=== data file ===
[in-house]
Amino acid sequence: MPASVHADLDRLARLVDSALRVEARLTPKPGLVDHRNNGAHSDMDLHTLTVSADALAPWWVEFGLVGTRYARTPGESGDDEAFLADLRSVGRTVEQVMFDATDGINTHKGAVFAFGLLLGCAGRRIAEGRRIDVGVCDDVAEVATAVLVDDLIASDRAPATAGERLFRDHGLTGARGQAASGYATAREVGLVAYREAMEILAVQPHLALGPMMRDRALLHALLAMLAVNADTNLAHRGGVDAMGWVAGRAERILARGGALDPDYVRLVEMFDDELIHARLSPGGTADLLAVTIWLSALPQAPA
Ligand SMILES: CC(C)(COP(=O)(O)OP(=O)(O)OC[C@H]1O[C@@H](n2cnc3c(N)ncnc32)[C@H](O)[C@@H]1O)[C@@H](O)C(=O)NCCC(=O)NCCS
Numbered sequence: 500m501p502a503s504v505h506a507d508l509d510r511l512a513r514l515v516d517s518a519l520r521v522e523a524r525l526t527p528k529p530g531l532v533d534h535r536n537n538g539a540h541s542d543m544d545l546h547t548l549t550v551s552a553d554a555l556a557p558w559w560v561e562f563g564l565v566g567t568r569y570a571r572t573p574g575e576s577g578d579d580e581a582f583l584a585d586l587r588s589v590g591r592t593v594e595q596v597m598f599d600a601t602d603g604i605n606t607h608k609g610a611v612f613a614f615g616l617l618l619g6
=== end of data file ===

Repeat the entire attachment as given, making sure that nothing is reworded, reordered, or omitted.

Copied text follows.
[in-house]
Amino acid sequence: MPASVHADLDRLARLVDSALRVEARLTPKPGLVDHRNNGAHSDMDLHTLTVSADALAPWWVEFGLVGTRYARTPGESGDDEAFLADLRSVGRTVEQVMFDATDGINTHKGAVFAFGLLLGCAGRRIAEGRRIDVGVCDDVAEVATAVLVDDLIASDRAPATAGERLFRDHGLTGARGQAASGYATAREVGLVAYREAMEILAVQPHLALGPMMRDRALLHALLAMLAVNADTNLAHRGGVDAMGWVAGRAERILARGGALDPDYVRLVEMFDDELIHARLSPGGTADLLAVTIWLSALPQAPA
Ligand SMILES: CC(C)(COP(=O)(O)OP(=O)(O)OC[C@H]1O[C@@H](n2cnc3c(N)ncnc32)[C@H](O)[C@@H]1O)[C@@H](O)C(=O)NCCC(=O)NCCS
Numbered sequence: 500m501p502a503s504v505h506a507d508l509d510r511l512a513r514l515v516d517s518a519l520r521v522e523a524r525l526t527p528k529p530g531l532v533d534h535r536n537n538g539a540h541s542d543m544d545l546h547t548l549t550v551s552a553d554a555l556a557p558w559w560v561e562f563g564l565v566g567t568r569y570a571r572t573p574g575e576s577g578d579d580e581a582f583l584a585d586l587r588s589v590g591r592t593v594e595q596v597m598f599d600a601t602d603g604i605n606t607h608k609g610a611v612f613a614f615g616l617l618l619g6